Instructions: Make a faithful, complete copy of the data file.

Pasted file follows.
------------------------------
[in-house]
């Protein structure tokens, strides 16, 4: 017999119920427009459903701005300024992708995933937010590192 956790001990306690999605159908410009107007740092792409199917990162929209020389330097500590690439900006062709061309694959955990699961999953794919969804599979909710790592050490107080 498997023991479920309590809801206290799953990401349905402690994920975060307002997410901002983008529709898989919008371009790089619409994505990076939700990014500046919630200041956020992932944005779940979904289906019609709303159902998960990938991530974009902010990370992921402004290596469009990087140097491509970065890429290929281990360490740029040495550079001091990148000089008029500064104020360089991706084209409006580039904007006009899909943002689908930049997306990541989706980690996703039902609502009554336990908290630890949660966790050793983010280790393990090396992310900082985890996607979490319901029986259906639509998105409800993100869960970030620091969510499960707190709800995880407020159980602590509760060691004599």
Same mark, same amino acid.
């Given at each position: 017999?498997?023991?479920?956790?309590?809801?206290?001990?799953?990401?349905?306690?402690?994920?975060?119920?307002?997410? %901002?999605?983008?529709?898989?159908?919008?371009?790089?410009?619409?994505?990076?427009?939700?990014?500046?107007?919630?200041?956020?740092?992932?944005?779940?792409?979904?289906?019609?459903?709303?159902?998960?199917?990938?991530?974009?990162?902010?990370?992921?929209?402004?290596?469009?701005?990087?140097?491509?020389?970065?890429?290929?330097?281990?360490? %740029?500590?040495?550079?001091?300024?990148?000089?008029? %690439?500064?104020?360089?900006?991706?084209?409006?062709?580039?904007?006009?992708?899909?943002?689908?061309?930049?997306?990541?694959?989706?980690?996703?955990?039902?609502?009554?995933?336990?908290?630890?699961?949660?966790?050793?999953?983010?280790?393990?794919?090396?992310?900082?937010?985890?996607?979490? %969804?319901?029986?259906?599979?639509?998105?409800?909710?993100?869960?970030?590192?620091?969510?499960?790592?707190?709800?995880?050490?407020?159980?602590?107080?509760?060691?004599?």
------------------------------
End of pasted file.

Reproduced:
[in-house]
């Protein structure tokens, strides 16, 4: 017999119920427009459903701005300024992708995933937010590192 956790001990306690999605159908410009107007740092792409199917990162929209020389330097500590690439900006062709061309694959955990699961999953794919969804599979909710790592050490107080 498997023991479920309590809801206290799953990401349905402690994920975060307002997410901002983008529709898989919008371009790089619409994505990076939700990014500046919630200041956020992932944005779940979904289906019609709303159902998960990938991530974009902010990370992921402004290596469009990087140097491509970065890429290929281990360490740029040495550079001091990148000089008029500064104020360089991706084209409006580039904007006009899909943002689908930049997306990541989706980690996703039902609502009554336990908290630890949660966790050793983010280790393990090396992310900082985890996607979490319901029986259906639509998105409800993100869960970030620091969510499960707190709800995880407020159980602590509760060691004599």
Same mark, same amino acid.
């Given at each position: 017999?498997?023991?479920?956790?309590?809801?206290?001990?799953?990401?349905?306690?402690?994920?975060?119920?307002?997410? %901002?999605?983008?529709?898989?159908?919008?371009?790089?410009?619409?994505?990076?427009?939700?990014?500046?107007?919630?200041?956020?740092?992932?944005?779940?792409?979904?289906?019609?459903?709303?159902?998960?199917?990938?991530?974009?990162?902010?990370?992921?929209?402004?290596?469009?701005?990087?140097?491509?020389?970065?890429?290929?330097?281990?360490? %740029?500590?040495?550079?001091?300024?990148?000089?008029? %690439?500064?104020?360089?900006?991706?084209?409006?062709?580039?904007?006009?992708?899909?943002?689908?061309?930049?997306?990541?694959?989706?980690?996703?955990?039902?609502?009554?995933?336990?908290?630890?699961?949660?966790?050793?999953?983010?280790?393990?794919?090396?992310?900082?937010?985890?996607?979490? %969804?319901?029986?259906?599979?639509?998105?409800?909710?993100?869960?970030?590192?620091?969510?499960?790592?707190?709800?995880?050490?407020?159980?602590?107080?509760?060691?004599?």